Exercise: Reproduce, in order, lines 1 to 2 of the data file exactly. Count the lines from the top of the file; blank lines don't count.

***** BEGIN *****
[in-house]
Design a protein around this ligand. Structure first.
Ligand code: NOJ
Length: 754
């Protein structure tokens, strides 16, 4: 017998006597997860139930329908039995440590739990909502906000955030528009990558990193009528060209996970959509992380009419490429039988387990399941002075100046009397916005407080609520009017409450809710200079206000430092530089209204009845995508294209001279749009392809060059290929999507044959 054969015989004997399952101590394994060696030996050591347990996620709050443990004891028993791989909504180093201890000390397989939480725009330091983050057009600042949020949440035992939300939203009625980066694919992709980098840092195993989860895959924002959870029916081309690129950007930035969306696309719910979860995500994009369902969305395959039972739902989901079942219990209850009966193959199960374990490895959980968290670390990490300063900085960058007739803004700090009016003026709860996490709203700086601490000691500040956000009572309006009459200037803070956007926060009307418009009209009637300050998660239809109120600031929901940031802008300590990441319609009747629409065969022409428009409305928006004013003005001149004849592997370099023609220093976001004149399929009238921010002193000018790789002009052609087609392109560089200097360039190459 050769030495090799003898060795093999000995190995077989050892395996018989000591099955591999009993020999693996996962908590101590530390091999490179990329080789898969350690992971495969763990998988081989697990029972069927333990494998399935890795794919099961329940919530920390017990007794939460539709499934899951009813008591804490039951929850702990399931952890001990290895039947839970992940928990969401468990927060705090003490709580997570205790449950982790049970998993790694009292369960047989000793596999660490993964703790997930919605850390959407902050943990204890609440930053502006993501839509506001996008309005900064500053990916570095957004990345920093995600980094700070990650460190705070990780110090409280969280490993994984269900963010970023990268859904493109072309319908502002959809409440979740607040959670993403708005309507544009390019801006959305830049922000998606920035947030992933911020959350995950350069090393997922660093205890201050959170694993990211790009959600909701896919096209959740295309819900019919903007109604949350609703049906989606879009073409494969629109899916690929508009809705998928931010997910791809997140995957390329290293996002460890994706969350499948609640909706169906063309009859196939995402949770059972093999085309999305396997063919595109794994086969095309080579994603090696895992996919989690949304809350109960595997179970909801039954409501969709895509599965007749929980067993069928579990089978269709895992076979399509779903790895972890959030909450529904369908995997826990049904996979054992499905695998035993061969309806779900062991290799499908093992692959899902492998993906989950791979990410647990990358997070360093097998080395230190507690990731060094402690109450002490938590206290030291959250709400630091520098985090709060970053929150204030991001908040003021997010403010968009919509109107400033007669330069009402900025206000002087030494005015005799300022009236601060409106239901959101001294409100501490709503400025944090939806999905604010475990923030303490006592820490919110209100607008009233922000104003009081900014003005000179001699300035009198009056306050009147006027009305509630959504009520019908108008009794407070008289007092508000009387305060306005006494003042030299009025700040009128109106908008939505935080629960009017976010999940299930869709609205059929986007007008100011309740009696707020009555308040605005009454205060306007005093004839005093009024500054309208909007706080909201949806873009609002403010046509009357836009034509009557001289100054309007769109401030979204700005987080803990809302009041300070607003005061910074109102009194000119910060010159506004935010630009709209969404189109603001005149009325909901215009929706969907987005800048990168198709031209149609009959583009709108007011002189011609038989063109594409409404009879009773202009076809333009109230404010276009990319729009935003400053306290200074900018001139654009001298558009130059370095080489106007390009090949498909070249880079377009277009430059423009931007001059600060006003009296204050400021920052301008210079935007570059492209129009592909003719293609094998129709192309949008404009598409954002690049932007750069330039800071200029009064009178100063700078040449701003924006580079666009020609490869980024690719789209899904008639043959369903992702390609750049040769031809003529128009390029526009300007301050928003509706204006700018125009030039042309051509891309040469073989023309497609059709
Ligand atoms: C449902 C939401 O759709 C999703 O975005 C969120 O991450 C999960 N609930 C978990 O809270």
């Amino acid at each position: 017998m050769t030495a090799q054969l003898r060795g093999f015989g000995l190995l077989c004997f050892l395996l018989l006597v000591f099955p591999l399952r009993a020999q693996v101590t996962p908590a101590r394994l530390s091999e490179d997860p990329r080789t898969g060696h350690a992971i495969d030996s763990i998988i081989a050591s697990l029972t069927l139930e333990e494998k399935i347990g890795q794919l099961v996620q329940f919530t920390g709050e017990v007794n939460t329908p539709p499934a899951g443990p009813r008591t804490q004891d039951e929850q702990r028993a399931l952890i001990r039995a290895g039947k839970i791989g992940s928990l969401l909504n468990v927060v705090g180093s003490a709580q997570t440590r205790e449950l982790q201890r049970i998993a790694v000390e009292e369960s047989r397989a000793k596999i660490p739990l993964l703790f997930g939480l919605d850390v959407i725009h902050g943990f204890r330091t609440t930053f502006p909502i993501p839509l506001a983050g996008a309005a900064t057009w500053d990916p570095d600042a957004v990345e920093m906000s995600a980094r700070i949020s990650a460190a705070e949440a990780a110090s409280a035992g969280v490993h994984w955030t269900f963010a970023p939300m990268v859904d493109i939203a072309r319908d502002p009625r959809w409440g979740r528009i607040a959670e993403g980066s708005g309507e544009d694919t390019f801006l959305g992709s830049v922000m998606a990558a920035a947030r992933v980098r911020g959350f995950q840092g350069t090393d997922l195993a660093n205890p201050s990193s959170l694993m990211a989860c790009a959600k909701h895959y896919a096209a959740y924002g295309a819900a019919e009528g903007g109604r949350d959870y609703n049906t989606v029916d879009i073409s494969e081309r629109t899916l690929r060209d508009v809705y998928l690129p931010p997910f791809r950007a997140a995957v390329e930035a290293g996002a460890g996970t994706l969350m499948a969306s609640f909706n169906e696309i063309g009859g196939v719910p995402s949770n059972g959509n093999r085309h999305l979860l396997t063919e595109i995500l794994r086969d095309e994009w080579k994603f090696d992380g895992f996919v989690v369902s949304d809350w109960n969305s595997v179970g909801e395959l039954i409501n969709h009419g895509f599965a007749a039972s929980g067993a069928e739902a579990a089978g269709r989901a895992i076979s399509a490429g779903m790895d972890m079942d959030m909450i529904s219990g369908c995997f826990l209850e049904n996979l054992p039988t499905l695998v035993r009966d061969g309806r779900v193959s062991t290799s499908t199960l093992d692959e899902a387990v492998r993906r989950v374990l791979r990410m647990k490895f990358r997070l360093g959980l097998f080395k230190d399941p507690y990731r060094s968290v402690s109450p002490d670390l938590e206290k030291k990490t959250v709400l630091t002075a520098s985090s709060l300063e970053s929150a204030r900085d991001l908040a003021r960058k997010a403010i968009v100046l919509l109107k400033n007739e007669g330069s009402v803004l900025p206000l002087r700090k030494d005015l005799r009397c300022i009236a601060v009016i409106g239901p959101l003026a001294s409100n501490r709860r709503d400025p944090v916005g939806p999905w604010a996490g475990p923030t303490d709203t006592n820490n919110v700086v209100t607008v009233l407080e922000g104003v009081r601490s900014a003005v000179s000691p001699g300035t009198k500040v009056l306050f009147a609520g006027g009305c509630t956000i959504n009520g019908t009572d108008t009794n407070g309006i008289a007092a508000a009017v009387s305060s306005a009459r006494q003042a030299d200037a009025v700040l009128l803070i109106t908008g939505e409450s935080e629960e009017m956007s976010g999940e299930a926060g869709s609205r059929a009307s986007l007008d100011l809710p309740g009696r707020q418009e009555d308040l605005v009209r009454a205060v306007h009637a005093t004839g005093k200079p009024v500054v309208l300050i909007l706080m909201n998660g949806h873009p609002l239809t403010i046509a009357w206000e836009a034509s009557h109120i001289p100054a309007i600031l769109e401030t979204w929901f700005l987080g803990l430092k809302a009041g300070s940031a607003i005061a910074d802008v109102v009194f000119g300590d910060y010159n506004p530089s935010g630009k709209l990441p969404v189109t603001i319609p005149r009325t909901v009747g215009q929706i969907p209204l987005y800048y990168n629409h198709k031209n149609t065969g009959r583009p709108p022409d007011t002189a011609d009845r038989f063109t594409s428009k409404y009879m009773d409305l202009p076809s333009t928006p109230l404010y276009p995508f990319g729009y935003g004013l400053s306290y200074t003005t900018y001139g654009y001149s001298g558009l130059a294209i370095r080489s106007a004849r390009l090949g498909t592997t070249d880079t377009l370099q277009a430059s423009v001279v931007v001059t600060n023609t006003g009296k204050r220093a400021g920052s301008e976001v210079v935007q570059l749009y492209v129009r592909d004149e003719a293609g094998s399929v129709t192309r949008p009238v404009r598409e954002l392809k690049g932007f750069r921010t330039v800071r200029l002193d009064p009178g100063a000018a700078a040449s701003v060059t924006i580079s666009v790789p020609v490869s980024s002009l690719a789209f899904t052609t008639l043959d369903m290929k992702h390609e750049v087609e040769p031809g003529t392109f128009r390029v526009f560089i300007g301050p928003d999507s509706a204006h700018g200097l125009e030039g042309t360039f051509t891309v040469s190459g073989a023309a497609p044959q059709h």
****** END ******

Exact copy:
[in-house]
Design a protein around this ligand. Structure first.